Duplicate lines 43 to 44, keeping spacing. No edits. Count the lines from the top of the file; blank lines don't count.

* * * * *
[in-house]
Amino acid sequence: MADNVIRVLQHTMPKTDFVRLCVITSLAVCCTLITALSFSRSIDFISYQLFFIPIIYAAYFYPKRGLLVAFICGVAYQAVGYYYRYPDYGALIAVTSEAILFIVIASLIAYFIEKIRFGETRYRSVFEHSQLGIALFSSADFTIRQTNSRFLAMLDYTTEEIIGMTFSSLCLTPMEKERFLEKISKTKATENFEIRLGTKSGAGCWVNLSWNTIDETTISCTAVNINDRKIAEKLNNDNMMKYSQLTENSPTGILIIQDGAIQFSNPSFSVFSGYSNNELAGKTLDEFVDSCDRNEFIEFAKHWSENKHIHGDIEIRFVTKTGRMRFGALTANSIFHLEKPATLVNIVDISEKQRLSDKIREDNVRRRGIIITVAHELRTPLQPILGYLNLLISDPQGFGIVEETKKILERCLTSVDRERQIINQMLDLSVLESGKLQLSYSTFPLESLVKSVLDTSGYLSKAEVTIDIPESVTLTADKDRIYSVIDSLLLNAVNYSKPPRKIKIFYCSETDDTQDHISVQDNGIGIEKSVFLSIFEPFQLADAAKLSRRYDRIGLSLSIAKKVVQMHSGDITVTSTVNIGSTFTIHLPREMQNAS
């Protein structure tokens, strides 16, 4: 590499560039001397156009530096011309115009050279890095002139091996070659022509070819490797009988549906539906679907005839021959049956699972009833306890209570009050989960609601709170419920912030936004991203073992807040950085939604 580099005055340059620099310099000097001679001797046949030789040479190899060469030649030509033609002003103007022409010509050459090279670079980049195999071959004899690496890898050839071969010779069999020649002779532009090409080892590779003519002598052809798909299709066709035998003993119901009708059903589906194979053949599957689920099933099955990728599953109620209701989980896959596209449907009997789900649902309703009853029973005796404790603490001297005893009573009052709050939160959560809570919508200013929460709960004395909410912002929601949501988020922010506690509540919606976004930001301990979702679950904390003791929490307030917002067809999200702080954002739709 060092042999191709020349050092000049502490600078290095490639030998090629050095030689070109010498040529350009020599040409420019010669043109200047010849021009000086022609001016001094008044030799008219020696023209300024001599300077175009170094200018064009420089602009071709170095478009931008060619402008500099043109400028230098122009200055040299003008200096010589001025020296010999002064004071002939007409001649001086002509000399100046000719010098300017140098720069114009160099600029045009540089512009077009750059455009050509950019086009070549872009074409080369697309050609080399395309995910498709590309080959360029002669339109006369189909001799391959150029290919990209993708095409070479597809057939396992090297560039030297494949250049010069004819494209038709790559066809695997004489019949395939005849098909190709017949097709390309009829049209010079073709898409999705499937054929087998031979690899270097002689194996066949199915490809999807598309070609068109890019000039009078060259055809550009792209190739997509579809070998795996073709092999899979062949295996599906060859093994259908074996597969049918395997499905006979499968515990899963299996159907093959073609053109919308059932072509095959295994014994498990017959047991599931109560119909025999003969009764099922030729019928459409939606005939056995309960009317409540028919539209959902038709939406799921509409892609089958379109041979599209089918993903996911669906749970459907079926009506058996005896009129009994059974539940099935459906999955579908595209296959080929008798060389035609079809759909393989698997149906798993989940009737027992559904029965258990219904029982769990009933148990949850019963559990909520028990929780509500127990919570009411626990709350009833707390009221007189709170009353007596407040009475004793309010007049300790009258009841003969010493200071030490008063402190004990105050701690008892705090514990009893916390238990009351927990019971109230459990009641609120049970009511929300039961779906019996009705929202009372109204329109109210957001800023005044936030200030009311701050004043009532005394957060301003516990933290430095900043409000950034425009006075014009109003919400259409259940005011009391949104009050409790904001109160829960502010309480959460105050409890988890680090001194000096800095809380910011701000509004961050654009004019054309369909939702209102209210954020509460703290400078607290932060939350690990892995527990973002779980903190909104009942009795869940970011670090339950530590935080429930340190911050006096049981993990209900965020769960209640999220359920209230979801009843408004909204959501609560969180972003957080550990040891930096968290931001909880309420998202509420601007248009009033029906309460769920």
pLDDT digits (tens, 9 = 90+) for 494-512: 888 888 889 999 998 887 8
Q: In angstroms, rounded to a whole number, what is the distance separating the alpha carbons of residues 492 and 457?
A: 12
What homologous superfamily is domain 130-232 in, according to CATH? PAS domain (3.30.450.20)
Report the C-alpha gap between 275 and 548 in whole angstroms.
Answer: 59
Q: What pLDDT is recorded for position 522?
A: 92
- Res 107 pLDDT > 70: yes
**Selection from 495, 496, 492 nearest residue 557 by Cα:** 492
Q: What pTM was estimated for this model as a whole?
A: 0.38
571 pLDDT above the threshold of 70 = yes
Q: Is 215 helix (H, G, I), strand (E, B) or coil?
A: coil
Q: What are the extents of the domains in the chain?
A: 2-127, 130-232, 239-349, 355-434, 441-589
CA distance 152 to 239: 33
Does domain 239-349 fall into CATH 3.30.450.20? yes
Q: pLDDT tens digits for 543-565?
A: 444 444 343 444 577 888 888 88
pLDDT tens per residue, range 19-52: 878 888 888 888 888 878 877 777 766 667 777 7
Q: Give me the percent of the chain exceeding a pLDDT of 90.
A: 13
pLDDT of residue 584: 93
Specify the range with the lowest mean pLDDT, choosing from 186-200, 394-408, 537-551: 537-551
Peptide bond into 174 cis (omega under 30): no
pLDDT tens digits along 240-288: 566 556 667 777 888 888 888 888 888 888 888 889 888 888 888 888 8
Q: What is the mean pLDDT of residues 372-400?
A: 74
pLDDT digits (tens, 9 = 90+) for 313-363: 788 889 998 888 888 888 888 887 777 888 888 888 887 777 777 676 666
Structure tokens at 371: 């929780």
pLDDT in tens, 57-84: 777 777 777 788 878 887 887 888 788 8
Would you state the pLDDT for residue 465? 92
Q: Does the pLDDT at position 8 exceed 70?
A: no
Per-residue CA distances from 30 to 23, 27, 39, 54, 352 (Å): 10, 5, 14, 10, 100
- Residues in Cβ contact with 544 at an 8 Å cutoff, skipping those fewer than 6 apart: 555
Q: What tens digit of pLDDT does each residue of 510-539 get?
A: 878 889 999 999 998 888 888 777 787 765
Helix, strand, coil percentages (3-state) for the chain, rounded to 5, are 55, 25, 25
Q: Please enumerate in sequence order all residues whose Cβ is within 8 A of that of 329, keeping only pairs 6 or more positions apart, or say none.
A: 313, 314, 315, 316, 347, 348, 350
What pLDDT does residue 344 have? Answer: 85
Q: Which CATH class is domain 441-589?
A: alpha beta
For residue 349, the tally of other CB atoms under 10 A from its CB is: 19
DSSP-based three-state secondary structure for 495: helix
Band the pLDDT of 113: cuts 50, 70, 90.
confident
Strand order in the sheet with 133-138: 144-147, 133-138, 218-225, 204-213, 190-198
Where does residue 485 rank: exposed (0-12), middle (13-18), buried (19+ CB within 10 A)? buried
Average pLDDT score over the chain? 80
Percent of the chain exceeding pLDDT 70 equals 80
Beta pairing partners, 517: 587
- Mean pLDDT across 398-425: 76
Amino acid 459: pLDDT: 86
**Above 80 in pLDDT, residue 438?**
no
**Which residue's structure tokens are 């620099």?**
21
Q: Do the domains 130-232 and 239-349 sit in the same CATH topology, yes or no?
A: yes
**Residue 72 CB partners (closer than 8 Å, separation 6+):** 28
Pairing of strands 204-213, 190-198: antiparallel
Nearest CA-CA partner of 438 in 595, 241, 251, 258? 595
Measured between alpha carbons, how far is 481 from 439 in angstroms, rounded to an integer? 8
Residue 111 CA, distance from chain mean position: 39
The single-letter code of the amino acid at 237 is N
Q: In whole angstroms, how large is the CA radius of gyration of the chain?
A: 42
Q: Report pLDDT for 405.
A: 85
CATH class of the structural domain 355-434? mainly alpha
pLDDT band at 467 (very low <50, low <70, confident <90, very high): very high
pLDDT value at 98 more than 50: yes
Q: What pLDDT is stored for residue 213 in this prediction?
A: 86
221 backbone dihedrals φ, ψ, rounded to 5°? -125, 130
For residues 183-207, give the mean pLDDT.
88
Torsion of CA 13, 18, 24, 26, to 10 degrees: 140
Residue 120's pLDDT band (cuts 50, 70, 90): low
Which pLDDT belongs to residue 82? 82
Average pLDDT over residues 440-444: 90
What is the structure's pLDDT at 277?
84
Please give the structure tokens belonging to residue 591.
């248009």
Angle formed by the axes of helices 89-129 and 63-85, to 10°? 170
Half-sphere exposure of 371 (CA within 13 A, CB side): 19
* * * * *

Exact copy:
A: 878 889 999 999 998 888 888 777 787 765
Helix, strand, coil percentages (3-state) for the chain, rounded to 5, are 55, 25, 25